“We are in a time and season where ‘wearing a mask’ is no longer just a philosophical or psychological or social euphemism, but a socio-medical necessity and in some places a legal injunction. What a transformation there would be though, if the putting on of physical masks connoted the taking off of the invisible masks that men have been known to wear to hide insecurities and cover-up hurts and propagate cruelties. Then maybe we would see each other for who we are, get the help we need, and heal; Then maybe we would all see that we are all not that different from each other – that we are all frail and insecure by ourselves, and that our masks, irrespective of size or design, have done nothing but deceive us – giving us false security and offering us up to vain gods; Then maybe we will all learn that only by baring ourselves before He who made us, are we made whole.” – Makafui.
When the past, long thought dead, suddenly becomes the present…
Of course, it’s usually the unwanted past that creeps up – go figure…
So sly, playing possum, waiting for that atmosphere – the crack in the psyche.
For it knows, that with the pressures of life come cracks and fractures;
And oftentimes the more rigid the structures, the deeper the damage,
The louder the snaps, and the more forceful the bursts.
Thank You for touching me
When I’d grown numb from disappointments;
For pulling me up from the pit of depression;
For cutting me out of the belly of hopelessness;
For wrestling me from the arms of despair.
“The book of the mysteries of fate is written with the pen of faith. Dark nights and cloudy days may be fate, but they can not put out the flames of faith.” – Makafui.
Thirteen minutes ago, I got a call.
It wasn’t good news, Granny was ill,
And I somehow knew this was going to be the last time.
We spoke over the phone, and she said not to come over;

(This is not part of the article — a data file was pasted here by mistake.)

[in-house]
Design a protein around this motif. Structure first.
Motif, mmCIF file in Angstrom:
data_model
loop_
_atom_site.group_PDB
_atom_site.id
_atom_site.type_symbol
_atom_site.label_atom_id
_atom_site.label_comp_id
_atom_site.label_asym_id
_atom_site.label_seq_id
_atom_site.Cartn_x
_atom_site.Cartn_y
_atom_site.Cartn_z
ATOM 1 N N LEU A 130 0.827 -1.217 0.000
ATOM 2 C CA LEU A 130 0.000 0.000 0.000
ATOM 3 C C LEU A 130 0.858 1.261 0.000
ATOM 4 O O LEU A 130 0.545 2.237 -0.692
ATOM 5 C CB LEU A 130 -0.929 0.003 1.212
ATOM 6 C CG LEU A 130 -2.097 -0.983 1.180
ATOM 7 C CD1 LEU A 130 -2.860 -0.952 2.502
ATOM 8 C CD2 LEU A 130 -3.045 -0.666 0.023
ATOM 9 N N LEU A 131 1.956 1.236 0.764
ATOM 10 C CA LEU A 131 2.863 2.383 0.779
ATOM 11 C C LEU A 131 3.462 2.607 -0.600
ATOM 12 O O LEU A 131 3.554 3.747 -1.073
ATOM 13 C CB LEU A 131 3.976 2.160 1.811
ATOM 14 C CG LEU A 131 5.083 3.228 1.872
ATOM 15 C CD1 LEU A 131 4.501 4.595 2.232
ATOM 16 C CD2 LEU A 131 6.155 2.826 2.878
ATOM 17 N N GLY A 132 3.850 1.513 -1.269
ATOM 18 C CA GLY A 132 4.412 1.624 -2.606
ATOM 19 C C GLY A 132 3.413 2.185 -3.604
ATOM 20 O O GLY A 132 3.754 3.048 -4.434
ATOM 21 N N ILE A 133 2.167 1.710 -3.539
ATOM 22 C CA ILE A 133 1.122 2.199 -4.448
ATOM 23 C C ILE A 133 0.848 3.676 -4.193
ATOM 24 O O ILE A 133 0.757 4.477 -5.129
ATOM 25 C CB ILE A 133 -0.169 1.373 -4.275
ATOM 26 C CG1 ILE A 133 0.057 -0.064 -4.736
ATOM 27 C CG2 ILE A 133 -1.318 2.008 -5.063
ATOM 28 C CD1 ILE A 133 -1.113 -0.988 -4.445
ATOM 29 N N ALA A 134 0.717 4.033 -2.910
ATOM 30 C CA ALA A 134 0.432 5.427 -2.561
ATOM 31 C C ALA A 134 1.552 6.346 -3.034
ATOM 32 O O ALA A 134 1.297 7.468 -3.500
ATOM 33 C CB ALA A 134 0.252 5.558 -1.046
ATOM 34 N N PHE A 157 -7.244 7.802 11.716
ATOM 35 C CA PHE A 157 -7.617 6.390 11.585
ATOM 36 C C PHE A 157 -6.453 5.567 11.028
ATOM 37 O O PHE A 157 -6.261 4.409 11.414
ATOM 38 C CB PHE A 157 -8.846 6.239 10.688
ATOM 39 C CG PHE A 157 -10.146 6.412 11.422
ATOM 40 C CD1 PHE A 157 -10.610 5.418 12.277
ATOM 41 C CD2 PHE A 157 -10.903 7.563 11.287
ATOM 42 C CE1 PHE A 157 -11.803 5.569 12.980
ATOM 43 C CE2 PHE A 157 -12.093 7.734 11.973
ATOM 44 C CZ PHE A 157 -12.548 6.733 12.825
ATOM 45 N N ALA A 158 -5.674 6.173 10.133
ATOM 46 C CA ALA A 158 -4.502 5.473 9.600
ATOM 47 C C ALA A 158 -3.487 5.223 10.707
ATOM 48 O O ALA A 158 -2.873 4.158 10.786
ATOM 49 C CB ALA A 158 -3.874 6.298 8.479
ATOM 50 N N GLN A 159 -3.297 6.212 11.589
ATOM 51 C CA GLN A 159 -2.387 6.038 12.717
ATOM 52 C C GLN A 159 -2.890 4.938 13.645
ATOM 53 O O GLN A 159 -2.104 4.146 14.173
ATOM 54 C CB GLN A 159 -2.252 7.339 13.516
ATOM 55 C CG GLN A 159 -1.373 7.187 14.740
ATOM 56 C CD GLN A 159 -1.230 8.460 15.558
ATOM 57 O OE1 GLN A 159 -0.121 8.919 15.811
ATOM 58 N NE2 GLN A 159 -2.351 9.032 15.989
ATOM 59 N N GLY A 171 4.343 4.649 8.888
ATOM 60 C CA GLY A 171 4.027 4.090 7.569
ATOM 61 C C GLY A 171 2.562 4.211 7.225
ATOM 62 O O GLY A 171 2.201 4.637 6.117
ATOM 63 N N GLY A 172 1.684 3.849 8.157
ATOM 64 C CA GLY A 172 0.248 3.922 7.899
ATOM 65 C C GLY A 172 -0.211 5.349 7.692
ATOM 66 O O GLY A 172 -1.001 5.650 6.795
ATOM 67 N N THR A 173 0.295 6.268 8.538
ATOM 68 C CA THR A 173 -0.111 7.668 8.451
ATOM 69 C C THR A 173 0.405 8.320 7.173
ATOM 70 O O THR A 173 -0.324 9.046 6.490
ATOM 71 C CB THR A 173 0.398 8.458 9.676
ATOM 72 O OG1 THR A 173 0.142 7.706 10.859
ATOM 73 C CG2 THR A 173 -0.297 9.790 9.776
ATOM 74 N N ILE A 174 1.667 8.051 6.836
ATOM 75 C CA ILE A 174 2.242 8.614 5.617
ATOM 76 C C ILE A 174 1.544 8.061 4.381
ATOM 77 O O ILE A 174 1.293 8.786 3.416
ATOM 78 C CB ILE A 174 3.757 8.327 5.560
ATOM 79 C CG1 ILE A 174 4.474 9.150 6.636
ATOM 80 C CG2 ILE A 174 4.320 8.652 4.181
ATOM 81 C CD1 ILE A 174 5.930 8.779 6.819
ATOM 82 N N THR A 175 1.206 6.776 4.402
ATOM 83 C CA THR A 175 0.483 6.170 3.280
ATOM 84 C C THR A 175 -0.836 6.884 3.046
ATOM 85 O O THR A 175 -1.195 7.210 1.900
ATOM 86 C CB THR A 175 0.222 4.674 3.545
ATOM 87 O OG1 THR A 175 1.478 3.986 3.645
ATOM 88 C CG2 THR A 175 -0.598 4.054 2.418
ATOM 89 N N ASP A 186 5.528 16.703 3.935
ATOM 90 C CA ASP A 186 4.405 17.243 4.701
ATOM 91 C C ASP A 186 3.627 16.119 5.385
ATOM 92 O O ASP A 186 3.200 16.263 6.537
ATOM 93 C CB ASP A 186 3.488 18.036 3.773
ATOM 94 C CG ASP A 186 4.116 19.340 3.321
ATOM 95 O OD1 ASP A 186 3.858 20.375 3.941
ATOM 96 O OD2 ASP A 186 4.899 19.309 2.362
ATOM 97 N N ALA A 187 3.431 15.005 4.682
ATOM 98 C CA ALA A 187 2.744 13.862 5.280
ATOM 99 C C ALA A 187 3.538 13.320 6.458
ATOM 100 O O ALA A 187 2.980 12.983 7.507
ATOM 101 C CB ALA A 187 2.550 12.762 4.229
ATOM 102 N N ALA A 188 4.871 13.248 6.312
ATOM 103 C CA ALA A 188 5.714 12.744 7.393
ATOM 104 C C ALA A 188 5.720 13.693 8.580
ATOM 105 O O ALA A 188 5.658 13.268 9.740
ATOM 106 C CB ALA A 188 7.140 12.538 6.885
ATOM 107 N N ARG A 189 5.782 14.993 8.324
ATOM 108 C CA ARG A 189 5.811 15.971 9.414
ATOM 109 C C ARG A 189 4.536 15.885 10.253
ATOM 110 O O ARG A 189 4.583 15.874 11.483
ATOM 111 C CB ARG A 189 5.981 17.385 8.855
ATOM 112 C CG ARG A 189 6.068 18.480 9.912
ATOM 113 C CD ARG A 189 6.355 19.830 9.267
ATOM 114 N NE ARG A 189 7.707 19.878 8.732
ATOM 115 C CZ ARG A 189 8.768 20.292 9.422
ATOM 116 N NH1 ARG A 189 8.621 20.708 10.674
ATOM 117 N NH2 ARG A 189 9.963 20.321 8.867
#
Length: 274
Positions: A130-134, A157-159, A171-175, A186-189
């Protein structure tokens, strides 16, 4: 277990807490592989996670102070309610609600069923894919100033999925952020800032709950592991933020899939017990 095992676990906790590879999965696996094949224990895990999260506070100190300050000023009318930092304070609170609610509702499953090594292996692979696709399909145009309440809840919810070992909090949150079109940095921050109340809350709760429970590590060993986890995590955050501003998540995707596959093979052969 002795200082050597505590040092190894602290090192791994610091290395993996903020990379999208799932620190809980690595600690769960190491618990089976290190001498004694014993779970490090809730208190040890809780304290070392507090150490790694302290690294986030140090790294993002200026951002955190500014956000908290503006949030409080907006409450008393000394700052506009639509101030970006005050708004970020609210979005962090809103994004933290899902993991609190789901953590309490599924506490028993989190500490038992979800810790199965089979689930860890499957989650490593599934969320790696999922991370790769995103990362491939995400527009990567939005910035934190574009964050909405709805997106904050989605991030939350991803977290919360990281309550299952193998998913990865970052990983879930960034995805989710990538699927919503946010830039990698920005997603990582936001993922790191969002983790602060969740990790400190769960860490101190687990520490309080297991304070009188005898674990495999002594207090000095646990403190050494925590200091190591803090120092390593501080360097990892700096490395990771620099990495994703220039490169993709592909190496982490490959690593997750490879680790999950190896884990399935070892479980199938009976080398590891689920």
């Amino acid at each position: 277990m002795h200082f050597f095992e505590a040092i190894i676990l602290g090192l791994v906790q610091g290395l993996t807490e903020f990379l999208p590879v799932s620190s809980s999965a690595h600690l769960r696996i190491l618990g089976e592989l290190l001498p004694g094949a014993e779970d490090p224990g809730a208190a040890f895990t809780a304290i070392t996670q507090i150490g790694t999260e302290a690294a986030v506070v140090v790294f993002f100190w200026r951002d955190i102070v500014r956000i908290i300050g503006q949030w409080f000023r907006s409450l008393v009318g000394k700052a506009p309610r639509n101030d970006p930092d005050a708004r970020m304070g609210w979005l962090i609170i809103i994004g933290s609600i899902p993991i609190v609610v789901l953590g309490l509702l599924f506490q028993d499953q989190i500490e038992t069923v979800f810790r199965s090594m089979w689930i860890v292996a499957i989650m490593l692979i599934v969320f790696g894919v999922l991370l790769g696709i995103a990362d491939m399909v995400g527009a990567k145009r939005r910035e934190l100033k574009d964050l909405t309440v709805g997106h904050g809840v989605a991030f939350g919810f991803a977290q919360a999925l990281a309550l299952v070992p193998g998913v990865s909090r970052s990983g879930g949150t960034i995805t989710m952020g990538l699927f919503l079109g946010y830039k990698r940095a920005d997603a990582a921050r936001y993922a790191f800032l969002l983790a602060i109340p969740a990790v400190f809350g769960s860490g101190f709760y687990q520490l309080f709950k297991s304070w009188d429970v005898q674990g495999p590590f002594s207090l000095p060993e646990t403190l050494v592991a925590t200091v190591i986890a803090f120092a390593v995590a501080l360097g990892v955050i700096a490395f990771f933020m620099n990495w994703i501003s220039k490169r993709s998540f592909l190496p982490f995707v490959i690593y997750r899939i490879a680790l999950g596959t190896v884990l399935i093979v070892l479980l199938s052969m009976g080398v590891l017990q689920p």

The voice was Nanny’s voice as I remember it,
But it carried something more now,
A certain weight I couldn’t place,
Though she sounded frail also…it was the strangest thing.
Nanny spoke like I’ve never heard her speak before,
And I listened as if I was in a trance:
“God is never surprised by the kind of prayers we pray; He is well aware He came to hear broken people. He ignores the selfishness, ignorance, bitterness, and unbelief; and keeps whispering, ‘My child, this too shall pass; Morning is nigh’.” – Makafui.
The setting is a long stretch of road
Strewn with pearls and diamonds and rubies.
It smells of freshly baked dainties and ripened fruits;
Bright as the noonday sun and straight as a ray of light
With inscriptions engraved at every step:
Beauty for ashes; No more tears;
“It’s such a relief that there’s a God who can bring dead things back to life, and who does not disdain to use broken things; For we’re all broken, just to varying degrees.” – Makafui.
“Most times, simple words of encouragement help. They might appear to drop like seeds into an abyss, and get lost in a sea of negative emotions or ample apathy; But with prayer, these seeds do die in the abyss, then spring up as trees of hope. The more seeds you throw into the abyss, and the more prayer you water them with, the more likely you are to see trees of hope spring up in the not too distant future.” – Makafui.
These are words I couldn’t share before,
Trapped in a growing earthen mould not yet equipped
To express the gravity of the thoughts that linger
And roam in the depths of this immortal soul.
I’ve seen things stranger than fiction
And heard things that cannot be put into words
I’ve taken steps falteringly, seemingly aimlessly
To a destination that couldn’t be surer.